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A GUIDE TO STARTING A SKIN CARE ROUTINE IN YOUR 20S

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A Guide to Starting a Skin Care Routine in Your 20s

As a twentysomething guy, your skin has more going for it than you might think. Sure, you might still be battling acne and dealing with acne scars, but look on the bright side—your skin is still young and bounces back quickly from injury. Not to mention that you probably have zero wrinkles or fine lines at this age. See? It’s not all bad. If you want to keep skin young and healthy for years to come, there is no better time to establish a skin care routine like the present. With that in mind, here is our best advice for starting a skin care routine in your 20s.

1. Stop Using Your Girlfriend’s Skin Care 

Products Although it’s tempting to use your girl’s face wash or moisturiser, there are several reasons why you’re much better off getting your own skin care products. Let’s start with the obvious reason: Her skin care products are made for her skin, not yours. Men and women have several differences in their skin that require unique approaches to skin care. Generally speaking, guys have oilier skin and a thicker epidermis (the outer layer of the skin), which requires potent ingredients that can penetrate through their skin. Another reason why you need your own skin care products is so that you can form good skin care habits and get into a regular routine. If you continue to use your girl’s skin care products, you’ll never be consistent enough to make it a life-long habit.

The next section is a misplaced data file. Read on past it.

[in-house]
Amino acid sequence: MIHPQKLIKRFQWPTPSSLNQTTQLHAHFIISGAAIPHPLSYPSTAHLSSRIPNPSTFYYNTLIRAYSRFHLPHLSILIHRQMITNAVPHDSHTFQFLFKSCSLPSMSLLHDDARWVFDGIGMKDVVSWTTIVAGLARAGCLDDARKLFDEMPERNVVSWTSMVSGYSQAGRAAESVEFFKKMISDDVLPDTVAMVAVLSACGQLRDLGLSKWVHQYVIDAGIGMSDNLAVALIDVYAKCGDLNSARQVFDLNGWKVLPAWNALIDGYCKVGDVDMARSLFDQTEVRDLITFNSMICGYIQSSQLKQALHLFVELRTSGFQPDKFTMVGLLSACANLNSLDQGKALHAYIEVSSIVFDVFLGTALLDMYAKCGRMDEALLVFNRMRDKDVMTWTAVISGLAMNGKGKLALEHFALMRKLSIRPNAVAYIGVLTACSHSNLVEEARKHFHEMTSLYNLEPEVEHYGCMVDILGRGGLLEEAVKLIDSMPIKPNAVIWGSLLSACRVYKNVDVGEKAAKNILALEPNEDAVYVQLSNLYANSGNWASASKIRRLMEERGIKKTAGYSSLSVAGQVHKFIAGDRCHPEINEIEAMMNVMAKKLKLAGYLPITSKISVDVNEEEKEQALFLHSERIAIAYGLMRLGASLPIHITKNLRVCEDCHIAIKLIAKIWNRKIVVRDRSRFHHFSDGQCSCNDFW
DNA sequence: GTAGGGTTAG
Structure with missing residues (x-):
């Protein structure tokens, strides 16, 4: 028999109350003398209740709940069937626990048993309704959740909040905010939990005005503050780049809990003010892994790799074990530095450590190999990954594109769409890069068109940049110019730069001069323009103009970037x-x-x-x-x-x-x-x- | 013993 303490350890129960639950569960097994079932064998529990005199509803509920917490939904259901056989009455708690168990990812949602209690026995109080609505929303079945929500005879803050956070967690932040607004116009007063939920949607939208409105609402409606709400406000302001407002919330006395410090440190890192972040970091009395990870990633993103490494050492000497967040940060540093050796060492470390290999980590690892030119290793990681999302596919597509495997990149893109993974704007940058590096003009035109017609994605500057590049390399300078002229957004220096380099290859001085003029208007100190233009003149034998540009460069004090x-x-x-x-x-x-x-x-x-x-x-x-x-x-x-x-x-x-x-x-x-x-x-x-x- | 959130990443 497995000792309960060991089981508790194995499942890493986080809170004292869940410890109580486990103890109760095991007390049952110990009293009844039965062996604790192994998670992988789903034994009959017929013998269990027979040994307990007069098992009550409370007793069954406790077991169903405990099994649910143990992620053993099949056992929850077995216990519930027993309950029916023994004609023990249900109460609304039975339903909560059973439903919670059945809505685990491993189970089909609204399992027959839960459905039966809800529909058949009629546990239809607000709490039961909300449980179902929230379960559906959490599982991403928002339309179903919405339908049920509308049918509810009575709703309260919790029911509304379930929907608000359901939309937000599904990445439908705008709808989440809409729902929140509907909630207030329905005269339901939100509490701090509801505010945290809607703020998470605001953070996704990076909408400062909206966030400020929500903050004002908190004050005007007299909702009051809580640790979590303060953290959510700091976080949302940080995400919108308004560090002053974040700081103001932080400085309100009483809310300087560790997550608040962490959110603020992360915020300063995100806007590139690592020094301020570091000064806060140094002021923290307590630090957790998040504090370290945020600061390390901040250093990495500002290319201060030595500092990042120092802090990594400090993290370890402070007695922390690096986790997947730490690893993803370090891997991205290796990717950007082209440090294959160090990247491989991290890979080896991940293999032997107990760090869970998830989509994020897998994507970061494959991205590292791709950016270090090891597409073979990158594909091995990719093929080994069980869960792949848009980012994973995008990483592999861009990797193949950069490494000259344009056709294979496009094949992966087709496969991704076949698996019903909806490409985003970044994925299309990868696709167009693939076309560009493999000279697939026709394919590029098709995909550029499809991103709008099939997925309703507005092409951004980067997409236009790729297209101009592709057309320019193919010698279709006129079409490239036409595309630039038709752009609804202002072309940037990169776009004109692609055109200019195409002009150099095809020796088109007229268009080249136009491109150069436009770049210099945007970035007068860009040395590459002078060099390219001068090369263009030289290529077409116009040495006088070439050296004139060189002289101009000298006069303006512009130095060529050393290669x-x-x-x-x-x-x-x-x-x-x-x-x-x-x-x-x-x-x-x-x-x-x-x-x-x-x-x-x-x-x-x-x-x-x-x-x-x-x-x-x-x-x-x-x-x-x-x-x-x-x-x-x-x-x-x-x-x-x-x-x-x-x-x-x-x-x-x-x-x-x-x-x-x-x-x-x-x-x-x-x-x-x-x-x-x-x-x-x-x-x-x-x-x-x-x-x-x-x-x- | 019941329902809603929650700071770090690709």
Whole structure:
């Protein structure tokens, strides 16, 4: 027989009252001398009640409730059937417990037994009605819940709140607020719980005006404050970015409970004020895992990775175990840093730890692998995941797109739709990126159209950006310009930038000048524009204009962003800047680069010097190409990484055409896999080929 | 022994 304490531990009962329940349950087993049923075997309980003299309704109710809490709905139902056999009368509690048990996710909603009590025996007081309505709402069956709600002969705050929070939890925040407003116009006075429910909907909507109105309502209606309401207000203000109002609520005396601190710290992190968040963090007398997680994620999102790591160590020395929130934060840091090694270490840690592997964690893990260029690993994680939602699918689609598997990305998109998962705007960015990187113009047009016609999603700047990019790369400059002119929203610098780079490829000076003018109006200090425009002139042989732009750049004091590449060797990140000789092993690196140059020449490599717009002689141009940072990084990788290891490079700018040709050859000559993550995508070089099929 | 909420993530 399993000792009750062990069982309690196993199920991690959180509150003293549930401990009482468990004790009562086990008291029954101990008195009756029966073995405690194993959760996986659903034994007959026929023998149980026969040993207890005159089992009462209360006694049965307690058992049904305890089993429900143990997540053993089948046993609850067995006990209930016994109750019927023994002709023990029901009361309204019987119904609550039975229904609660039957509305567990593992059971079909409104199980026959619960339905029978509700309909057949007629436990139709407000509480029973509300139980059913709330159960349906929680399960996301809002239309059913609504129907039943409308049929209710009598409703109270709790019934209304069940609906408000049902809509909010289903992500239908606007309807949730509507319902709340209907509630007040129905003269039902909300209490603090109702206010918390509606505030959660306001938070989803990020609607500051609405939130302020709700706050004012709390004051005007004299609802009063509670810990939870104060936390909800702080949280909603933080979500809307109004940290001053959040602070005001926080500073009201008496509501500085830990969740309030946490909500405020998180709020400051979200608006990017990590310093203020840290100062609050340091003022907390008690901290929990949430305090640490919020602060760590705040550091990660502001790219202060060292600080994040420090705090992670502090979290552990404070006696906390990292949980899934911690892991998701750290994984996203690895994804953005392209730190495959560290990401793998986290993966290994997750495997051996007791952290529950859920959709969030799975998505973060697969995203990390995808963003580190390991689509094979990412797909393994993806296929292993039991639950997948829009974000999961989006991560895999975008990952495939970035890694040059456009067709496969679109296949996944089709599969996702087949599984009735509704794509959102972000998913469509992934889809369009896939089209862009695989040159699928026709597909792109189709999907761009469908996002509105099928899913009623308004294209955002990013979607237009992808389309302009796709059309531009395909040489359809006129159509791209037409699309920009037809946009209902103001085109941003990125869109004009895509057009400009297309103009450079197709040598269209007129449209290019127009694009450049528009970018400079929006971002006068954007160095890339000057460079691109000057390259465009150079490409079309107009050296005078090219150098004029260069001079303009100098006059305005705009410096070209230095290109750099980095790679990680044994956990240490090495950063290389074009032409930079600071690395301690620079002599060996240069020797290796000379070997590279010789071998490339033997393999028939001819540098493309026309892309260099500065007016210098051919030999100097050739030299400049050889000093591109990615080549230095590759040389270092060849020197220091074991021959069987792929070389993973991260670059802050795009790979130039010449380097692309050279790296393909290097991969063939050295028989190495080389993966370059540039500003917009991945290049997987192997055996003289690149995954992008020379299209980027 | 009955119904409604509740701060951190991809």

2. Know Your Skin Type 

Before you can begin shopping for skin care products, it’s important to know exactly what your skin needs. Is it oily? Sensitive? Perhaps both? While most guys in their 20s have an oily skin type, it’s also not uncommon for them to struggle with sensitive skin. In fact, a 2019 review published in Frontiers in Medicine found that more than half of men report having some degree of sensitive skin, such as itching, burning and redness. Other skin types include dry, normal and combination skin. Once you identify your skin type, you can begin searching for skin care products that will best serve your skin care needs.